Full-grain is sought after because it is the most durable form of leather – it will last for years despite regular use, and it will maintain its high-quality appearance as long as the minimum of care is provided. A subcategory of full grain is embossed leather. This is considered the third-best option when you are on the lookout for genuine leather.
When is full-grain leather embossed and corrected? Additional modifications are usually carried out when the cowhide has an excessive amount of imperfections, like scars and other imperfections on the leather surface. After obtaining the proper thickness of the leather, the surface of the leather is then buffed and polished with various implements to reduce the visibility of the imperfections.
The embossed grain is then applied to the finished product so that the leather surface will be consistent, visually. Scars are mostly eliminated, but what is facing you is no longer the natural look of the leather.
There is also a slight reduction in the natural feel of the leather, and because of the sanding, polishing, and other techniques, durability is also slightly reduced. Some manufacturers emboss leather with animal print designs and other attractive designs to appeal to customers. There is nothing wrong with modified genuine leather because you still get one hundred percent genuine cowhide.
Other types of grain leather are categorized based on additional treatments they get from start to finish. Analine leather is treated with natural dyes to maintain the organic look of the leather. The majority of the markings found on the skin will be retained. Semi-aniline leather, on the other hand, is processed with pigments to camouflage some of the imperfections of the cowhide. These are slightly more durable than aniline leather. And finally, protected leather has a layer of sprayed protectant that reduces wear and tear and prolongs the life of the grain leather.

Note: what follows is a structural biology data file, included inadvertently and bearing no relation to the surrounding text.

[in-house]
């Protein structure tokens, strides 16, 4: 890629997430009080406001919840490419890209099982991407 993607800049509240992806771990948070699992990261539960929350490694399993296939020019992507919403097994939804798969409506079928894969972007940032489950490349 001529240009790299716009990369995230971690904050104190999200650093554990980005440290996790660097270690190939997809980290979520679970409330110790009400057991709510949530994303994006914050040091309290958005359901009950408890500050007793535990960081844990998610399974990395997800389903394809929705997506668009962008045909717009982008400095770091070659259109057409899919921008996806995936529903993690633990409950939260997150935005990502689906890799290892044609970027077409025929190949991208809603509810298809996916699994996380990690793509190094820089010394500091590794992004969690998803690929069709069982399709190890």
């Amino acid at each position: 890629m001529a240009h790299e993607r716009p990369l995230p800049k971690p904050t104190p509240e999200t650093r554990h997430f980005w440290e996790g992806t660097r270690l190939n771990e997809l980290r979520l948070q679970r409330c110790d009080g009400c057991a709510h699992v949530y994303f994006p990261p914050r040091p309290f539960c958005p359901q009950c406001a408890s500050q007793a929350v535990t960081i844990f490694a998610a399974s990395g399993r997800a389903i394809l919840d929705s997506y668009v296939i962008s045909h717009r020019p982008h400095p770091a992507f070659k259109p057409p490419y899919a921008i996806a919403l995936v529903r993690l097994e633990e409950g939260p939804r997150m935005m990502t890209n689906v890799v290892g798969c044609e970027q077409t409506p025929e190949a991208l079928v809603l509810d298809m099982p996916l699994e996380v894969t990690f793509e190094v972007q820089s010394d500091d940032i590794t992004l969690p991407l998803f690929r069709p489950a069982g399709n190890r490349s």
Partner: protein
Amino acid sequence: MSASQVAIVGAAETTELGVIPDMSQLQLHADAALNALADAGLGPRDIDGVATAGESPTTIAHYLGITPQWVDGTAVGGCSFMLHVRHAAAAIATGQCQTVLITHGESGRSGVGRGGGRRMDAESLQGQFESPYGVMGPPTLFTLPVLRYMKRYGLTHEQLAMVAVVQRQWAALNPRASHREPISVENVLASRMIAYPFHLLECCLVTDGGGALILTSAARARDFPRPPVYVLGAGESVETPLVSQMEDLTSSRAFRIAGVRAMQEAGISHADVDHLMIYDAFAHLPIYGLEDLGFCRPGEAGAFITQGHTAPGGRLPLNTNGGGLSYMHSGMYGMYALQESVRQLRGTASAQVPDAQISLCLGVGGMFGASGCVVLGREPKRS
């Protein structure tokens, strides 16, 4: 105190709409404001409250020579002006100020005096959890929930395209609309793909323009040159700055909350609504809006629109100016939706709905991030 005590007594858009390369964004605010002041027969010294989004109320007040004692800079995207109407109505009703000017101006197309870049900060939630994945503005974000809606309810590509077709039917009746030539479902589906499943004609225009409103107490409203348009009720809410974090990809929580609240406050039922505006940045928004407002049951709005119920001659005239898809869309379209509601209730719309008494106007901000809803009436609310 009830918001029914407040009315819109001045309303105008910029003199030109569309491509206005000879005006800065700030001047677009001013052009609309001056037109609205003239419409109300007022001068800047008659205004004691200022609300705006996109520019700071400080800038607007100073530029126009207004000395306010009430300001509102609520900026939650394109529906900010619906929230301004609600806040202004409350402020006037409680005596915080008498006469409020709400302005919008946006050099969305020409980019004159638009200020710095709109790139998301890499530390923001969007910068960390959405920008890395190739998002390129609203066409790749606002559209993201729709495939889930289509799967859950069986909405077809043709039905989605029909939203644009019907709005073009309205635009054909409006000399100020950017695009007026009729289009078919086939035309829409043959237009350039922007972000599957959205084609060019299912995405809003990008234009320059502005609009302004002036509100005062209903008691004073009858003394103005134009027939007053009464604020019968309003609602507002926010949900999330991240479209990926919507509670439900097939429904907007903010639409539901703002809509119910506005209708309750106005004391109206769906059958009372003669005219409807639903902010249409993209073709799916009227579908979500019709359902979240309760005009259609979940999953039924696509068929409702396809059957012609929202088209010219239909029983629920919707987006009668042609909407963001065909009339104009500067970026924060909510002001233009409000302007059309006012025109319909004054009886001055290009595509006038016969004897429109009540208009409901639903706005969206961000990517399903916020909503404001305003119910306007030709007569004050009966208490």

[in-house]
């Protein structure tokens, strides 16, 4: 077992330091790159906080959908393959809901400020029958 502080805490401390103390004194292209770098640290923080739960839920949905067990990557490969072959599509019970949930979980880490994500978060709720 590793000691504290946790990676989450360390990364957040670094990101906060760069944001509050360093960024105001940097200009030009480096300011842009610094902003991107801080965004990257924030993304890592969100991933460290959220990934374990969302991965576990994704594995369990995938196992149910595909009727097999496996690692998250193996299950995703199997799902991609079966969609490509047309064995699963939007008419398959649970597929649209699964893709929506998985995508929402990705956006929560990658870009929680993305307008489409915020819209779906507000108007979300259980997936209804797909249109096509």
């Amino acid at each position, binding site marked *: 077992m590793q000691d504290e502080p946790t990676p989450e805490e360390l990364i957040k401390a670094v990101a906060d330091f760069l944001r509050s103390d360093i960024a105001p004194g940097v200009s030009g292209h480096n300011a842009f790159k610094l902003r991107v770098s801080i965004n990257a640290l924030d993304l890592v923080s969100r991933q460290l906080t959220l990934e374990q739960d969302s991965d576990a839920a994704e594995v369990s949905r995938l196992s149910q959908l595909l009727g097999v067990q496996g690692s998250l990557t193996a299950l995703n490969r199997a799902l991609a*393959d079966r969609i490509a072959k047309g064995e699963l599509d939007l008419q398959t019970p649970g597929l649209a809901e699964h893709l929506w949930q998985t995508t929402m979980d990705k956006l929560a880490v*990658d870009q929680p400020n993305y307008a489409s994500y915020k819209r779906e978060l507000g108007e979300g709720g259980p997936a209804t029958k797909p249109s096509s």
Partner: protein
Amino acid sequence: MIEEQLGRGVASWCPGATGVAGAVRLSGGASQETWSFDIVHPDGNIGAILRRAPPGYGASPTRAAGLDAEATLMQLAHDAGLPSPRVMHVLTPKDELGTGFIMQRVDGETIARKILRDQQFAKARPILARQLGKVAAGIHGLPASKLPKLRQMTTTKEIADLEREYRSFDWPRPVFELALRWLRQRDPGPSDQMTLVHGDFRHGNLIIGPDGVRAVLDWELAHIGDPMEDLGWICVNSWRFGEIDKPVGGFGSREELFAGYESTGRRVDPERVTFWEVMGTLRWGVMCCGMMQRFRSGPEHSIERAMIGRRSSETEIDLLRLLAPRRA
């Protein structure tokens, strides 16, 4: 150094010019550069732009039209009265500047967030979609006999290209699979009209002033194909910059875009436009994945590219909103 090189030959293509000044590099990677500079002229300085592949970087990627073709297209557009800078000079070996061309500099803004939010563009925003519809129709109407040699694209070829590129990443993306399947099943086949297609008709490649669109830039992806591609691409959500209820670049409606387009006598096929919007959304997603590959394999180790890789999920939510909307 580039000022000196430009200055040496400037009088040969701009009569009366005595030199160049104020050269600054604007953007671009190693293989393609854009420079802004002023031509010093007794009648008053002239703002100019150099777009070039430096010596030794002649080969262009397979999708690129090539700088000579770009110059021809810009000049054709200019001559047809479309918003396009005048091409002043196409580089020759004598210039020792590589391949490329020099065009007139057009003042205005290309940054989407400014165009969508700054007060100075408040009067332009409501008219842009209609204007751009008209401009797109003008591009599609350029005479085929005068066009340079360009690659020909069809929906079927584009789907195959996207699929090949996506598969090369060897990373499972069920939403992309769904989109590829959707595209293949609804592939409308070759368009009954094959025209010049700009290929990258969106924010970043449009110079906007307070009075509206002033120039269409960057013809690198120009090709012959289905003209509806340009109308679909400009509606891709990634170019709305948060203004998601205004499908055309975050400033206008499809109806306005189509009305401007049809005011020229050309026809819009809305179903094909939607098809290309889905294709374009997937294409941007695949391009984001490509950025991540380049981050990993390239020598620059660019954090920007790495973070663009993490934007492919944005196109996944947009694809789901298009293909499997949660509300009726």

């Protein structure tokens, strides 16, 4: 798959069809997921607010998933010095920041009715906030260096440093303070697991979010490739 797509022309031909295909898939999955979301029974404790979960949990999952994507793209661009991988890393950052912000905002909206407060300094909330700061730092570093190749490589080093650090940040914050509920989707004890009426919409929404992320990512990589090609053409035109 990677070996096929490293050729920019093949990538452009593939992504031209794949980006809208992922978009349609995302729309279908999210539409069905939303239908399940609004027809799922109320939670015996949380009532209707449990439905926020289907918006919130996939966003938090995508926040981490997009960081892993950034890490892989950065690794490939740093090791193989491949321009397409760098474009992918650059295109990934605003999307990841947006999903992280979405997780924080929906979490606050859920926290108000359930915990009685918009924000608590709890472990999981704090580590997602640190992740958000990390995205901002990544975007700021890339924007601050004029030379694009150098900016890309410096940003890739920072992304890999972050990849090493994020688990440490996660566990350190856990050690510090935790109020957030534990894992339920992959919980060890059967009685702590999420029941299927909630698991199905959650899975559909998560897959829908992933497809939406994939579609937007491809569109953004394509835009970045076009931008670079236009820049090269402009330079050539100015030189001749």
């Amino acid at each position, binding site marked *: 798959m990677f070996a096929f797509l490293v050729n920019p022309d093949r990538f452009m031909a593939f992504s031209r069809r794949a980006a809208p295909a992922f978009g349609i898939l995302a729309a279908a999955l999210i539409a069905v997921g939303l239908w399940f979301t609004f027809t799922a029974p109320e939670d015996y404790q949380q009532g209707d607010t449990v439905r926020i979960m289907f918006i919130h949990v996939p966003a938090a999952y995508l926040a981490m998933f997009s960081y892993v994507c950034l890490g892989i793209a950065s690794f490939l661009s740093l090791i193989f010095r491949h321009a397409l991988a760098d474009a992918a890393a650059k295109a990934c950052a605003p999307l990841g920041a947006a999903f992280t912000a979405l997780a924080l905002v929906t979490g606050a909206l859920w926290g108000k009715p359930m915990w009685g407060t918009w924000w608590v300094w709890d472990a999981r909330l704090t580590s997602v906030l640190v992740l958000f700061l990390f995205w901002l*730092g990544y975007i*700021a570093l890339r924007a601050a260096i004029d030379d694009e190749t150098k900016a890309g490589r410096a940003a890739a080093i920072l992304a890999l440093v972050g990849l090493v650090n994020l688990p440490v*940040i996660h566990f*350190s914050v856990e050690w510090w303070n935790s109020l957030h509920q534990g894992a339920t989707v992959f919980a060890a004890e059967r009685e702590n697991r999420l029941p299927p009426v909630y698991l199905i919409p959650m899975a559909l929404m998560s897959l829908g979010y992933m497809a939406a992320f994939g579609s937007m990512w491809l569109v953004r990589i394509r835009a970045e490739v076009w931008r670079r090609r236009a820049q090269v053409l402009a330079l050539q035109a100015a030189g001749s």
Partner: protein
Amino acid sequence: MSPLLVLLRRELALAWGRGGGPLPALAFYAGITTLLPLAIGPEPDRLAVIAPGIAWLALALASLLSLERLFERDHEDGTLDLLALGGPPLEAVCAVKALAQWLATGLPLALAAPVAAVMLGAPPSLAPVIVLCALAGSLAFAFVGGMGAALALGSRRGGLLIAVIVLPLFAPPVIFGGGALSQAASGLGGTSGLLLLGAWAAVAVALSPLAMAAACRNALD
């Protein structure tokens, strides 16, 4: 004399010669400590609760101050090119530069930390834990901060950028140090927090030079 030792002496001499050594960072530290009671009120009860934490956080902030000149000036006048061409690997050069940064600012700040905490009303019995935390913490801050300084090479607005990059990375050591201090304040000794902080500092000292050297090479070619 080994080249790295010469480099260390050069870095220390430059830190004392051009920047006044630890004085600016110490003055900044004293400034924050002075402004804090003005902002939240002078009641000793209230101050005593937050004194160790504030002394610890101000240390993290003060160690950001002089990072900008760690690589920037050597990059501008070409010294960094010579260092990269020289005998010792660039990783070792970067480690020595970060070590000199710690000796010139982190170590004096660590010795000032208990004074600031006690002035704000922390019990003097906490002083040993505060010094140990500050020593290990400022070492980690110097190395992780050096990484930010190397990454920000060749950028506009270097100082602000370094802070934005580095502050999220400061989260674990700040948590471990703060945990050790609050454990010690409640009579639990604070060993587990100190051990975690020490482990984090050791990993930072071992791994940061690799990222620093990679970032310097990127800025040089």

Split leather is the part of the cowhide that is divided between the top grain and corium underneath. It can be confusing sometimes, but this is the type of leather used for other leather goods and accessories. Split leather is used to manufacture sued leather, which is used in a variety of goods, including shoes. Split leather is often treated, so it resembles full-grain leather (which it isn’t). Split leather can be processed so it can be as soft and flexible as full grain. However, in terms of durability, it remains subpar to the full-grain.
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Bonded leather is the lowest type of leather if it is placed side by side with different categories of genuine leather. Bonded leather is made from scraps of genuine leather and then combined with fillers and adhesives.
The finished product is then dyed, sprayed, and embossed to resemble genuine leather. The genuine leather content of bonded leather is 10-25% at most. It is not genuine leather and will never be because the cowhide content is too low. It is reconstituted leather or faux leather to be precise. The layer that you can touch is a separate layer of polyurethane coating that protects the fibers.